BB: When did you discover your own beauty style, because you have such a cool look. I saw a picture of you the other day with your fierce cut and pale lips and noticed you look a little like Cate Blanchett.
JC: [laughs] In my dreams I look like Cate Blanchett! I just came back from Sundance, and people kept coming up to me thinking I was Tilda Swinton. They got really disappointed when I said, “I’m afraid I’m not Tilda Swinton, but I’m still happy to give an autograph.” With beauty, I think one never finishes it. I’m always exploring. I like the concept of change. I would be very depressed if I was looking the same as I did 15 years ago. Also, it’s so much fun. The beauty products themselves are coming up with new technologies, and so I love getting in there and trying different things.
BB: That’s the advantage of being an editor — you get to sample everything. What did you try today?
JC: Your Hot Nudes, actually. They arrived in our beauty closet, and I was messing around with the eyeshadows. It’s amazing how many different shades of nudes there are. I have green eyes, which are actually quite difficult to find makeup for. A lot of people say, “You must try purple!” It looks terrible on me. I look like a sort of geisha doll, which is not the look I’m going for. I just opened anew mascara, Diorshow. I’ve been using Chanel mascara all my life. It’s time for change.
BB: Beyond products, how do you feel about the trend of injectables, plastic surgery, and Botox?
JC: I’m very unjudgmental about it. I think you have to do what makes you feel OK. As long as they’re safe and they’ve been tested well and you have a good doctor, I think, you know, whatever makes you feel good. When I moved to America, I had my teeth done because I have had horrible British dentistry, and I was very struck by how nice everybody’s teeth were in America. It was the best thing I could have done.
BB: Have you tried any lasers?
JC: I’ve tried a couple of lasers. They seem to me sort of fine. You’re never going to wake up looking 20 years younger, but I think there are amazing products out there now that help you keep your skin healthy. I feel like I want to look well. I don’t want to look 20 years younger. I do think you have to educate yourself on the latest techniques.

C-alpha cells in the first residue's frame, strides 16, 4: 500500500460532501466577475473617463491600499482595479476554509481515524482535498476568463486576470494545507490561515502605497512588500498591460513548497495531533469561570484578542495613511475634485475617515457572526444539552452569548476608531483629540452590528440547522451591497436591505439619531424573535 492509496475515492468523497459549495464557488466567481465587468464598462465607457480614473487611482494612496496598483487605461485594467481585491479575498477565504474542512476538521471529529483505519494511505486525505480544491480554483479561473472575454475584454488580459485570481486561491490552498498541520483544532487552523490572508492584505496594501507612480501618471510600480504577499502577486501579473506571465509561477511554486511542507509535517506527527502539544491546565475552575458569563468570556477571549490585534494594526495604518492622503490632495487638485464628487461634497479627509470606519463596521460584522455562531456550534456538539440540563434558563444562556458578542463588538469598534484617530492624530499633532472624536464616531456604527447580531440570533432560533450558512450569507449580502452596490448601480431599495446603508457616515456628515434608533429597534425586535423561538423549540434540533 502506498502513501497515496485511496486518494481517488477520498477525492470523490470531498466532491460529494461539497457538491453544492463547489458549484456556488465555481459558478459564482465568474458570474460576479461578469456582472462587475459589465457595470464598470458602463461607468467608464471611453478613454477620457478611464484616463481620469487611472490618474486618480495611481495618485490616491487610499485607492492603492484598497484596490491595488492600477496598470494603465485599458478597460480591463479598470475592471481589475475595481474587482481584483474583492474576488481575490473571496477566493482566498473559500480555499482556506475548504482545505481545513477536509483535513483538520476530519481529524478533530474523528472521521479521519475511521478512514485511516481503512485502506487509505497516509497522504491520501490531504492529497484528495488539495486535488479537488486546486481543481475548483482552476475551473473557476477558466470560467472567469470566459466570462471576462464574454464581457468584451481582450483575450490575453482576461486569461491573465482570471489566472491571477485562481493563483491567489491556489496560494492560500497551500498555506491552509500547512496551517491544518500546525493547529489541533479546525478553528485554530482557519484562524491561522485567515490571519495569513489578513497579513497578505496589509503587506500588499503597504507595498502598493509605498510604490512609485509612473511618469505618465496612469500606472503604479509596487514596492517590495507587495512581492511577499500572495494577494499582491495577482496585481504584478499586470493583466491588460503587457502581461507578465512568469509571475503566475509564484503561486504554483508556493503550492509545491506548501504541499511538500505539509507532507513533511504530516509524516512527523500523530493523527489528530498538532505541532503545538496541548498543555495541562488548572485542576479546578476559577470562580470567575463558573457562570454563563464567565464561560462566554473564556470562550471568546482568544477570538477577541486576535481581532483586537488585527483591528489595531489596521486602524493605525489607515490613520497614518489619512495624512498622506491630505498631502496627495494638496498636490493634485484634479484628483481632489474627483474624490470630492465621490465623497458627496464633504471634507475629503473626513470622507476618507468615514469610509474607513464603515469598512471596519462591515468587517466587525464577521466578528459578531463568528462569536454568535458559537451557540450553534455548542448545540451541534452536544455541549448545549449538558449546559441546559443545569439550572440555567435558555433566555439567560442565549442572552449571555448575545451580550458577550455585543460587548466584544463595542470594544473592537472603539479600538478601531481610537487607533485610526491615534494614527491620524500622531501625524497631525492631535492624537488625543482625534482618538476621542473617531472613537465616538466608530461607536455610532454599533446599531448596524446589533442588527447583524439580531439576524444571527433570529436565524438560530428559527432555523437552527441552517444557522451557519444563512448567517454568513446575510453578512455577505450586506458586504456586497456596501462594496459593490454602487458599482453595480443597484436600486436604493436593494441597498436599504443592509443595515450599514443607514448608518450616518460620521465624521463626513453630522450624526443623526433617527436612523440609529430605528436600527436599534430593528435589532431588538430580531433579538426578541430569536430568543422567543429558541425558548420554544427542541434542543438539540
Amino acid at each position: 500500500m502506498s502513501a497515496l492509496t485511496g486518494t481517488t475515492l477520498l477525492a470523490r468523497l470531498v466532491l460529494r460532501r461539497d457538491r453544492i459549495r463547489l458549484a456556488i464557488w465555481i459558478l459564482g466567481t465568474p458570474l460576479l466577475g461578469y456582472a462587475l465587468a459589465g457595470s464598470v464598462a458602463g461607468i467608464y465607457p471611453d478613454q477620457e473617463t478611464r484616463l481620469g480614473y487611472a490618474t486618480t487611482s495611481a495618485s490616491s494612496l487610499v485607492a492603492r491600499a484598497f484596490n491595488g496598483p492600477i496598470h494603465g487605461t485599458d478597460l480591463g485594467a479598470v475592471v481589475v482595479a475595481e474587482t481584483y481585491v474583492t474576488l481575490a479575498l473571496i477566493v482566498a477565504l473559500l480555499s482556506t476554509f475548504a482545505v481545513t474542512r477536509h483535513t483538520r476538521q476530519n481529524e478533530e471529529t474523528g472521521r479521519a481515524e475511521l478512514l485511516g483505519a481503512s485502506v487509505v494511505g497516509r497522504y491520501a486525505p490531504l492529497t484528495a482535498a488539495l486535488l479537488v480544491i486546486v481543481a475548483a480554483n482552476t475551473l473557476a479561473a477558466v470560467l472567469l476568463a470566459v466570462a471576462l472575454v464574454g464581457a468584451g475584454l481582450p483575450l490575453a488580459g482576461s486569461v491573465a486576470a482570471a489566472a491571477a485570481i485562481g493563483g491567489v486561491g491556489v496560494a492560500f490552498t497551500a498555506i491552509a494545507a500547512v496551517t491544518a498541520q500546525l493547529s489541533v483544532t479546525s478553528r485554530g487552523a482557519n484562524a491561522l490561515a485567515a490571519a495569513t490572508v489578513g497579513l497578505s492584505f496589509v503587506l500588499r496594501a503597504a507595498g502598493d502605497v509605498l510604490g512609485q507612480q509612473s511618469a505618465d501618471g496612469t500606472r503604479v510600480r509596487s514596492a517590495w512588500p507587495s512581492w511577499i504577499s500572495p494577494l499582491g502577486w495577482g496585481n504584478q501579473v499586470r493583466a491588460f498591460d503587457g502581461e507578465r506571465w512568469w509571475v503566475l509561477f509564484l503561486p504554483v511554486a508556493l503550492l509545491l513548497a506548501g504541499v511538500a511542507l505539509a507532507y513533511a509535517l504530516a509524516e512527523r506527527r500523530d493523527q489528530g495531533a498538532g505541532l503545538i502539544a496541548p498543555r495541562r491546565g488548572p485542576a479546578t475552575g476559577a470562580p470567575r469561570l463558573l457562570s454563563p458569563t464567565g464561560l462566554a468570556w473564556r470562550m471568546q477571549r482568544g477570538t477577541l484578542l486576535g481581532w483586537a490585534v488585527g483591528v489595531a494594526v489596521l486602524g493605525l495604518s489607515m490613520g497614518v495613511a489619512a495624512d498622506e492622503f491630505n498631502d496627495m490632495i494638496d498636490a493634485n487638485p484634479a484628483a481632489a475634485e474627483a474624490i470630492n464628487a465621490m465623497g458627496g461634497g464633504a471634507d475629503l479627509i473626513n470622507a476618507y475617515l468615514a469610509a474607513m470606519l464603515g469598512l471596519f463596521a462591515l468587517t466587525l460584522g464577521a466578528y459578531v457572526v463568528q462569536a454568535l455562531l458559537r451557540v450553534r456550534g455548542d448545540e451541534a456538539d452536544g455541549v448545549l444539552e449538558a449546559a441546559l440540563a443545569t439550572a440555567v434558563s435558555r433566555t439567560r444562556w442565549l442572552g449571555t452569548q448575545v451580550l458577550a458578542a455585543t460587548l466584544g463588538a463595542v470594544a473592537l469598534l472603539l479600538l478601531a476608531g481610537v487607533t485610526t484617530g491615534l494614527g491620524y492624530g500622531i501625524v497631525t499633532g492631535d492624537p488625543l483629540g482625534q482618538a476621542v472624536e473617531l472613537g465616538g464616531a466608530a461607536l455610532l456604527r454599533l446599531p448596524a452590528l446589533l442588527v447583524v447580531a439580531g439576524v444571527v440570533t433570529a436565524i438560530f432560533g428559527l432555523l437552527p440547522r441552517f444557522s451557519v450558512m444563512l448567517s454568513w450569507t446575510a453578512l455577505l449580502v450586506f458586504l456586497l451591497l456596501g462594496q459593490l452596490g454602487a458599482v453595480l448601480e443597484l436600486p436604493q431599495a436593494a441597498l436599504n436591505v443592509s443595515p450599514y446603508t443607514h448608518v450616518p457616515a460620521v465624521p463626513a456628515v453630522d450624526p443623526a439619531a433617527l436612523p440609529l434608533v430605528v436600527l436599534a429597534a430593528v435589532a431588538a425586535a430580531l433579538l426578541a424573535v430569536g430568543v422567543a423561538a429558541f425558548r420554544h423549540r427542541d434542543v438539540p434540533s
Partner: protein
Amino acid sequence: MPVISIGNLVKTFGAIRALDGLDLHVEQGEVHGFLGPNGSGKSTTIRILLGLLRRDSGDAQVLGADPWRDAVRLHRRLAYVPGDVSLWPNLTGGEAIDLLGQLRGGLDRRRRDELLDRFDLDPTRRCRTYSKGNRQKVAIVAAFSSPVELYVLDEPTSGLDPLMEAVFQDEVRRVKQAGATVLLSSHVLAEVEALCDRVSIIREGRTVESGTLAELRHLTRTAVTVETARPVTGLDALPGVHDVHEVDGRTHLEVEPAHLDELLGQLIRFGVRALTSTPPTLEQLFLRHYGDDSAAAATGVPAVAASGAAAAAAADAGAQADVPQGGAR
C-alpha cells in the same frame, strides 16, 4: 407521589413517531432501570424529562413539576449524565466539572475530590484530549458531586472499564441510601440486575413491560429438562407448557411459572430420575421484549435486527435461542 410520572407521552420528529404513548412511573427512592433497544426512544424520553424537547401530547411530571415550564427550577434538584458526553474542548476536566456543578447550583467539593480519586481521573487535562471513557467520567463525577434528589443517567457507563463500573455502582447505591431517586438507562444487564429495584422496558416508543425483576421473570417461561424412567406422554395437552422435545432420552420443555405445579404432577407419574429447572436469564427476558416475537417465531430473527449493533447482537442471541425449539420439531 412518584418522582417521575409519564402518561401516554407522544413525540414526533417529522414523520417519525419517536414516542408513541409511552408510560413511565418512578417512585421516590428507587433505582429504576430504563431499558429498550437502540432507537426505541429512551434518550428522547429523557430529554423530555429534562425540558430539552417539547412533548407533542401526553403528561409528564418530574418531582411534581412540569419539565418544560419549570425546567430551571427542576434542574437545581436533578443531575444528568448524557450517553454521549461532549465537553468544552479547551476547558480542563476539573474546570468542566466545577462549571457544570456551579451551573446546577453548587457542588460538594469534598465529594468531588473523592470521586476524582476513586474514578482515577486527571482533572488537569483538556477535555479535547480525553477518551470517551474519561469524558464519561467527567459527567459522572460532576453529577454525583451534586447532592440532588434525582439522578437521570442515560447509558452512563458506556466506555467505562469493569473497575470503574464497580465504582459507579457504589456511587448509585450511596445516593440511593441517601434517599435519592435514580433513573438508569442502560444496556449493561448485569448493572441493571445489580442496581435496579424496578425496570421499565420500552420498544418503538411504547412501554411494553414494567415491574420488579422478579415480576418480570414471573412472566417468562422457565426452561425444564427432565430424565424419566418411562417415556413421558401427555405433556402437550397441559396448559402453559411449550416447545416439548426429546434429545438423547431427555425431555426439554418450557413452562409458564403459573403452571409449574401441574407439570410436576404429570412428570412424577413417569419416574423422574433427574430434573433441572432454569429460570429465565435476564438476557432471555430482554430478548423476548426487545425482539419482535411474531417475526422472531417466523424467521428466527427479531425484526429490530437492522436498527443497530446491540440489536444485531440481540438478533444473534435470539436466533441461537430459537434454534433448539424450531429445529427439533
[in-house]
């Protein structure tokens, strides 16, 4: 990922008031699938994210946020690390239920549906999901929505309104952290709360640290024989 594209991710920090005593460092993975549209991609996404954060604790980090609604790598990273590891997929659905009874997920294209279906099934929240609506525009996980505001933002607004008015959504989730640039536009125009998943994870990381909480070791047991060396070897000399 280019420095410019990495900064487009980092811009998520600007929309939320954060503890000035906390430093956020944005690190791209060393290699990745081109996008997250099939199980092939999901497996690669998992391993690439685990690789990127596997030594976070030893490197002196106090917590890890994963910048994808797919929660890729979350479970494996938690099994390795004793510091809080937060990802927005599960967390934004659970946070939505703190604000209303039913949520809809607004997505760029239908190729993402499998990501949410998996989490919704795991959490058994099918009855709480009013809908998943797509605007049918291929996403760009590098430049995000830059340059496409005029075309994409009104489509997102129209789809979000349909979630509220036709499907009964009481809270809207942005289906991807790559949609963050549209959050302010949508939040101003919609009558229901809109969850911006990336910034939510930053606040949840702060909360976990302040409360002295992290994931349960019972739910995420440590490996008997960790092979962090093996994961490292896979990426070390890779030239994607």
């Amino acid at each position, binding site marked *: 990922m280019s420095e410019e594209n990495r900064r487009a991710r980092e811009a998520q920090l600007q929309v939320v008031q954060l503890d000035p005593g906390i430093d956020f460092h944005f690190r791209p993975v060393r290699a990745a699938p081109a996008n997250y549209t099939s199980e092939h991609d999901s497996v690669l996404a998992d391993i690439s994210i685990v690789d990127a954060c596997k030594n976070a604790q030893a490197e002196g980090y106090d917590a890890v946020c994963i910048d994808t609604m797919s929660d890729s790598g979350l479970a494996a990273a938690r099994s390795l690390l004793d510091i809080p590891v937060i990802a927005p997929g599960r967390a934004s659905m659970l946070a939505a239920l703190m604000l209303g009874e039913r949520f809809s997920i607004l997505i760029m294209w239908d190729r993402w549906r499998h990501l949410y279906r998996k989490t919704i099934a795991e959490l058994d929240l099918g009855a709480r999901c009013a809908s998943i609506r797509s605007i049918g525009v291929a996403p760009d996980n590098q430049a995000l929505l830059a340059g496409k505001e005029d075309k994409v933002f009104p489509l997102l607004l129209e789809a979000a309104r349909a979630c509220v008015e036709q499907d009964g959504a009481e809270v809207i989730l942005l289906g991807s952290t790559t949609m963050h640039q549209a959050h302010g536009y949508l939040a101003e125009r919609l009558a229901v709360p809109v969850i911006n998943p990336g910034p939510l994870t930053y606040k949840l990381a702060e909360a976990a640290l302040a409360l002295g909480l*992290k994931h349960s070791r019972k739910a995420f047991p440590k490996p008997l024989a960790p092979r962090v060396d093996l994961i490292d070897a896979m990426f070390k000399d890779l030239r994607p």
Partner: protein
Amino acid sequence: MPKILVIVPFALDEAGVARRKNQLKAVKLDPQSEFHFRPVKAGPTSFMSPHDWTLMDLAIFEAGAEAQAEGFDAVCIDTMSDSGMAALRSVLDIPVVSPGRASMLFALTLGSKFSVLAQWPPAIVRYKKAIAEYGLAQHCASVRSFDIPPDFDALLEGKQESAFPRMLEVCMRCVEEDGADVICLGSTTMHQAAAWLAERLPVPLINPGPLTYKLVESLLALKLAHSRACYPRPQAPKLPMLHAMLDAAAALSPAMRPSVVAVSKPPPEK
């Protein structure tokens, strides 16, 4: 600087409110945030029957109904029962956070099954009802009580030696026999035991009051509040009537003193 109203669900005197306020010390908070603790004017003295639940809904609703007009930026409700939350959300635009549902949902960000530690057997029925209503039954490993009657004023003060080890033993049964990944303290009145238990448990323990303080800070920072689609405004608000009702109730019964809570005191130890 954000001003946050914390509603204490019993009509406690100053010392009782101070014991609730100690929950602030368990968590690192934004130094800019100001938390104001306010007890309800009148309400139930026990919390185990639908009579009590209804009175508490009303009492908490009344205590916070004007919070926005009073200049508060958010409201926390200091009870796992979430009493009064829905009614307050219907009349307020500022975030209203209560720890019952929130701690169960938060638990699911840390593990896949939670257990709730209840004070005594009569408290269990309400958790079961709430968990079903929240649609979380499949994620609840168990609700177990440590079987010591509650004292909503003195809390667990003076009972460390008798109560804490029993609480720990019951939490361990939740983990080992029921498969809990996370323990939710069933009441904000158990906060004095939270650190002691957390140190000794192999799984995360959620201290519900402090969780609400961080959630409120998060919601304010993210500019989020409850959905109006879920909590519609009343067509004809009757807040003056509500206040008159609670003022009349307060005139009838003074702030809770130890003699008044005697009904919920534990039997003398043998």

BB: I also love your style because you dress as fabulous as I wish I did. I also see you a lot in a great blazer, a white T-shirt, and maybe some pants or jeans.
JC: My favorite blazer is probably a tuxedo blazer I have from Céline, which I just love. I have two or three blazers from Balmain, which I also really like because they also have that thin arm and high armhole. I like the tuxedo shape of a particular jacket ’cause it’s straight and not too tailored. But actually feels a little mannish.
BB: Of course you love Céline, as do I.
JC: Phoebe Philo is English, so I feel like I understand her references. She makes stuff out of things I wore for school. For 18 years I wore a school uniform, and I feel like she sort of re-created it in a much more fun way.
BB: There’s a similar aesthetic and definitely a similar confidence I see between the two of you. Almost like, “I don’t care.”
JC: I think at a certain point, you reach an age where you’re like, “I really don’t give a shit at this point.” I’m thrilled that you think that.
BB: And talk to me about health. Whatever you are eating is working.
JC: God, I love you, Bobbi. I want you on speed dial every day. I’m pretty good on eating quite a lot of protein. My favorite meal would be a big piece of steak with salad and then Brussels sprouts and Jerusalem artichokes.
BB: And a martini.
JC: Obviously a martini. I would have the martini first. Then I’d settle into the meal with a little bit of wine. But I’m not excessive! Like, if I have one big meal, I’ll probably skip supper. And my favorite diet is the champagne diet, which I invented. It means that three nights in a row, you don’t have dinner. You just have three glasses of champagne.
JC: It’s really strangely effective. If you need to lose five pounds, you can do that.
I’m sure it’s not good for you, but I don’t do it very often.
BB: It was really fun talking to you, and one of these days maybe we will do something that’s not involving work, involving a martini.
JC: I would love that. Yes.
BB: I cannot wait to see all the great things you’re going to come up with next. Thanks again.